Every RV owner should own a basic tool set. Whether your fingers have the experience of a master mechanic or they have never touched a bit of grease, eventually you will get your hands dirty with your travel trailer. If your slide out won’t go back in, that day might just be today. Let’s go over how to solve this common issue.
How To Fix A Stuck Slide Out
Step one is to attempt to determine the cause of the issue. With that goal in mind, I have put together a simple checklist that will hopefully help you save a bit of time and money. More often than not, the problem ends up being something simple that can be solved by your average layman. However, even if you can not fix the issue yourself, running through this checklist is a good idea. RV Mechanics are not cheap, and figuring out the cause of the issue might save an hour or two of the mechanics very expensive time.
Slide Out Troubleshooting Checklist
Let’s start with the simple and easy to test causes before moving onto the more complicated items
Whether hydraulic or electric, your slide out compartment will require power from the RV battery. If pressing the switch doesn’t trigger any sound or movement, the electrical system will be the right place to start testing.
RV camping can easily drain your batteries, and eventually batteries get old and just need to be replaced. I said that we’d start out simple and easy, and I wasn’t kidding. A poorly performing battery at the end of its lifespan can be the cause of a failure to retract the compartment. Try to start the RV. If you can, then your battery’s charge probably isn’t the issue.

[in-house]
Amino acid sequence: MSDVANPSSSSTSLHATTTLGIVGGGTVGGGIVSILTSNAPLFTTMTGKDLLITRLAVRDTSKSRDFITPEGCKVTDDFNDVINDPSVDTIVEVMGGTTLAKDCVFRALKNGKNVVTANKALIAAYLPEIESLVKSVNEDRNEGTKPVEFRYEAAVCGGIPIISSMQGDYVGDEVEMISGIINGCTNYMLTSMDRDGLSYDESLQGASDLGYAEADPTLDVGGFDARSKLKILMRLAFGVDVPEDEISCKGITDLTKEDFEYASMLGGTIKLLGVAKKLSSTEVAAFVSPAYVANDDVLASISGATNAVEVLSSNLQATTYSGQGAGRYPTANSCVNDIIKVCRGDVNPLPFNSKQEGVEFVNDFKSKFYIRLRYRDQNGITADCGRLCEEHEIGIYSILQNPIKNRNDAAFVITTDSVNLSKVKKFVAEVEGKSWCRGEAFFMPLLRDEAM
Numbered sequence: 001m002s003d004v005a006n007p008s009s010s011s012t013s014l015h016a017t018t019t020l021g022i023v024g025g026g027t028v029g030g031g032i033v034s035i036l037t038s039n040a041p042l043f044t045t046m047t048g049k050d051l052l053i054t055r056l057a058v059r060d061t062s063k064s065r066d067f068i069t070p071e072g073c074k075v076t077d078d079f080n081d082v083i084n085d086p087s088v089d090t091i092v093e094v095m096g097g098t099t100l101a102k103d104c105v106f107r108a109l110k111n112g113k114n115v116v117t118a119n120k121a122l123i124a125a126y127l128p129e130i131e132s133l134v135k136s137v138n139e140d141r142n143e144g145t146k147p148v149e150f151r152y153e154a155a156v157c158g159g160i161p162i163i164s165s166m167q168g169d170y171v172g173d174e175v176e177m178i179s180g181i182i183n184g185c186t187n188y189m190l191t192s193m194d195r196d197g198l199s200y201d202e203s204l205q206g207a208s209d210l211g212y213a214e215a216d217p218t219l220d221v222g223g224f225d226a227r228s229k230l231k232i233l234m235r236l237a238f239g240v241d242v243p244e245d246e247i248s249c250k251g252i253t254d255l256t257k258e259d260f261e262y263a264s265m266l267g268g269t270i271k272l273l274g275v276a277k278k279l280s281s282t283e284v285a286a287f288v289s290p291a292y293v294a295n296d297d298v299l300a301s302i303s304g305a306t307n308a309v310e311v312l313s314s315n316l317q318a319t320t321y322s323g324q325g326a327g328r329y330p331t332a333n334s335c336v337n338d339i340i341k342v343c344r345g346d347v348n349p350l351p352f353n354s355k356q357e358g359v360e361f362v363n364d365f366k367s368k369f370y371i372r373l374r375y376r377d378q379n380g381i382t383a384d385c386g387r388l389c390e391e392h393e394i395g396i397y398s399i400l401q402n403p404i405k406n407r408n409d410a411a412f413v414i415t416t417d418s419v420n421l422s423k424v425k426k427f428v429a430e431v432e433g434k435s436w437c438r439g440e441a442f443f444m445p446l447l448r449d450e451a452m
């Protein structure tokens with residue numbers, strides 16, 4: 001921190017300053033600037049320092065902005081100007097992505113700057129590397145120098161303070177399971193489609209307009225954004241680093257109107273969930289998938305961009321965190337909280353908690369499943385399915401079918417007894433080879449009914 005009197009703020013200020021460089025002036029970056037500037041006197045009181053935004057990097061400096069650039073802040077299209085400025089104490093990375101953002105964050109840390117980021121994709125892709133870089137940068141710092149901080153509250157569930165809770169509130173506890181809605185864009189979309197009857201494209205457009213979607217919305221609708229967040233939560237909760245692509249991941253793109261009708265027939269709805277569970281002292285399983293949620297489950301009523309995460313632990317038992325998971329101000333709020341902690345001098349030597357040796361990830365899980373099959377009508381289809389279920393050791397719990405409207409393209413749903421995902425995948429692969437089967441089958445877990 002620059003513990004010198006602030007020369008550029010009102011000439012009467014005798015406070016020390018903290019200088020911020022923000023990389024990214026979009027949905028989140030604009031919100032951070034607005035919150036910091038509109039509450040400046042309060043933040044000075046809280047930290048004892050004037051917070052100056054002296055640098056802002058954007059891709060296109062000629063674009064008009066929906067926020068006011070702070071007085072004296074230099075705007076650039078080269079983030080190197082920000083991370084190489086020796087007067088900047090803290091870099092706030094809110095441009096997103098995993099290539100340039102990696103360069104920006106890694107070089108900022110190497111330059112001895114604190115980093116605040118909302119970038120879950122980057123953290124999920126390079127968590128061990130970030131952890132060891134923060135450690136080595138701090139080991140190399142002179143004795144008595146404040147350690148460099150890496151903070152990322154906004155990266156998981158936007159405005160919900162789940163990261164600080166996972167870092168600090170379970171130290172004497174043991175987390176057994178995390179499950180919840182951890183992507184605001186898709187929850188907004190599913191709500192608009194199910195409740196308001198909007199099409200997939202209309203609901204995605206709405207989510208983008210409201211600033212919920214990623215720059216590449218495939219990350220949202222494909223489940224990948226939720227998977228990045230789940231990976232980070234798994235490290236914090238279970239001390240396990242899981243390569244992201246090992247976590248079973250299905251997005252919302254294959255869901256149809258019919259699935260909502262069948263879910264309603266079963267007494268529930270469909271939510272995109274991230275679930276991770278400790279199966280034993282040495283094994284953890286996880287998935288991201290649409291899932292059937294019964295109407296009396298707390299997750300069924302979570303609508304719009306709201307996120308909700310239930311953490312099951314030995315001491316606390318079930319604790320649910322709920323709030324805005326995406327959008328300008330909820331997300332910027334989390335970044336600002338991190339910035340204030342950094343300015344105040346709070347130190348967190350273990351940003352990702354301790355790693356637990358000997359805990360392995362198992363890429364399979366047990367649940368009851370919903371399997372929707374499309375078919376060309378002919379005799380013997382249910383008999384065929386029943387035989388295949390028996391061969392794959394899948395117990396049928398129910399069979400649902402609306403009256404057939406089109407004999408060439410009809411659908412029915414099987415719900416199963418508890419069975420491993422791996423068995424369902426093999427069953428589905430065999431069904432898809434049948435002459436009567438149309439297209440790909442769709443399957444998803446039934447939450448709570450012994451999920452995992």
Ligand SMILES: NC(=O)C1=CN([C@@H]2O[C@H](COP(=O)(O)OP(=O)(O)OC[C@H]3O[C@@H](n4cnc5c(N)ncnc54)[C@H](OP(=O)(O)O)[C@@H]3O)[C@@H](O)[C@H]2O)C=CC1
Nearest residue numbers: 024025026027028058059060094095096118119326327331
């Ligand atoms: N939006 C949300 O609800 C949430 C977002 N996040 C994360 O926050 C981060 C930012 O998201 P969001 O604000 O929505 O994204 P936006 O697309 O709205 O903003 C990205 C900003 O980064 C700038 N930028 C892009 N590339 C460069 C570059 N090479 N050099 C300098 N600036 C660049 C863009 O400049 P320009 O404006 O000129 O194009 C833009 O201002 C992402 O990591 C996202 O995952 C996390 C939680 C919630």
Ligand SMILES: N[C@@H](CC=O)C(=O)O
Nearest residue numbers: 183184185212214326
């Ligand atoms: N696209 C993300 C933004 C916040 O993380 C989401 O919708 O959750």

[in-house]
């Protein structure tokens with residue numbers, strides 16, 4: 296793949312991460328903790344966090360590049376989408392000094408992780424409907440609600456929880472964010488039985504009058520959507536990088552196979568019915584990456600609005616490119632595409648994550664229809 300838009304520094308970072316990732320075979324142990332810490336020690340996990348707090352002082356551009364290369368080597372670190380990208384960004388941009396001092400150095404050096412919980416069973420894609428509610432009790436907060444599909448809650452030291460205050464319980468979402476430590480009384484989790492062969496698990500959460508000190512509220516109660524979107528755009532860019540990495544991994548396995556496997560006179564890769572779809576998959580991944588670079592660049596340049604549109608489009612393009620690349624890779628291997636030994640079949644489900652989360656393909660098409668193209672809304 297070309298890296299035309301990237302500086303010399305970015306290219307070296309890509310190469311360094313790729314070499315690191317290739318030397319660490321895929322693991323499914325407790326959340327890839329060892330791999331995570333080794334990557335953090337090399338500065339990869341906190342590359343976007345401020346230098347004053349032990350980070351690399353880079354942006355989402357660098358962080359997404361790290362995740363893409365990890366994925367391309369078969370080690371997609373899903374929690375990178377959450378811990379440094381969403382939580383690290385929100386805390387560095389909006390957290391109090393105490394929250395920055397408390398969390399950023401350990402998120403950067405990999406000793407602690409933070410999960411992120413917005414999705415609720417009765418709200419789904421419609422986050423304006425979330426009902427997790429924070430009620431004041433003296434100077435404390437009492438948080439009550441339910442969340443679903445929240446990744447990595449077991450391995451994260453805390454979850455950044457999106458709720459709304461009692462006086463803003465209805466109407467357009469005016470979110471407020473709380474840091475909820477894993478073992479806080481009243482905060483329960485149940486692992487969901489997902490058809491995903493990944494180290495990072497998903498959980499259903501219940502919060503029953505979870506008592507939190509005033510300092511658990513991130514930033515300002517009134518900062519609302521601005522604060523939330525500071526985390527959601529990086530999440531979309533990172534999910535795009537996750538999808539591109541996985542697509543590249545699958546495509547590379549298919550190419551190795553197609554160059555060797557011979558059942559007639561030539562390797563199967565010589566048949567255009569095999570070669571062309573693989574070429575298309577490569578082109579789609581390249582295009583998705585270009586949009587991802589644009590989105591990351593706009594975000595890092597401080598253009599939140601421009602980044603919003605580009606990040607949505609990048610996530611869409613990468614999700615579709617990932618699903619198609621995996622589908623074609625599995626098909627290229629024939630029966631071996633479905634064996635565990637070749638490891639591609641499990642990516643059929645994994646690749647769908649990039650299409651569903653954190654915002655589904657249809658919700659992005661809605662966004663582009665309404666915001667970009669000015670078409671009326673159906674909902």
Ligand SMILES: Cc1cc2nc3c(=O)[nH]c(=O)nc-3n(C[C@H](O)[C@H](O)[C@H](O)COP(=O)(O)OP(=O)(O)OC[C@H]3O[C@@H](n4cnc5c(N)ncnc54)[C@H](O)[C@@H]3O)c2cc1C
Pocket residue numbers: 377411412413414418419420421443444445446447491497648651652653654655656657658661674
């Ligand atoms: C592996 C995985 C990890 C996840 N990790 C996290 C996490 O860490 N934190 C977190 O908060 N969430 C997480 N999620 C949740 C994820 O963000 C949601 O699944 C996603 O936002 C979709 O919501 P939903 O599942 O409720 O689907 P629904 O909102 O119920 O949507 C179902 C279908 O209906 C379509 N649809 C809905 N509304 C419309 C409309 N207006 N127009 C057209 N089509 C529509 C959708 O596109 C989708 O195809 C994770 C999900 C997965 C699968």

If it doesn’t start, check the battery terminals for corrosion from a build up of electrolyte leakage. This type of corrosion takes the appearance of white and blue gunk, and enough of it can sever the connection between the battery and the RV. You can clean this up with some baking soda to neutralize the acid, water to use as a solvent, and a wire brush for scrubbing.
As far as the electrical connections are concerned, you should start with the RV’s fuse box. Its manual should have a diagram, so you can easily determine the correct fuse. If you find a burnt out fuse, then you will just need to replace it with an appropriately rated fuse. Be aware that the fuse was designed to break to prevent electrical damage to the slide out, so don’t replace it with a fuse rated for a more powerful voltage. A burnt fuse can be an indication of a larger problem. If the new fuse breaks, you should seek out an RV mechanic to take a look at the hardware.
3. JST Connector
The compartment and its motor are connected by a JST power cord. Here are a couple of pictures in case you need to know what they look like (male, female connectors). Occasionally, the male and female ends of these cords are yanked apart when the compartment extends outward. It’s not a complicated issue. Although, it can sometimes be a struggle to get those connectors back into place because they are usually difficult to access.
4. Chewed Wiring
You should check the wiring, first at the end points since most issues happen there, but check the entire line. Rodents frequently sharpen their teeth by chewing on wires and tubes, so every part of the wire has the potential to be damaged.
5. Bad Switch
It isn’t common, but the switches that control the compartment can sometimes go bad. If you have multiple slide outs and only one of them is unresponsive, test to see if the switch has gone bad by popping off a couple of the switches and swapping their places. If it fixes the issue for by one by giving it to the other, you will know that you just need to replace an inexpensive switch.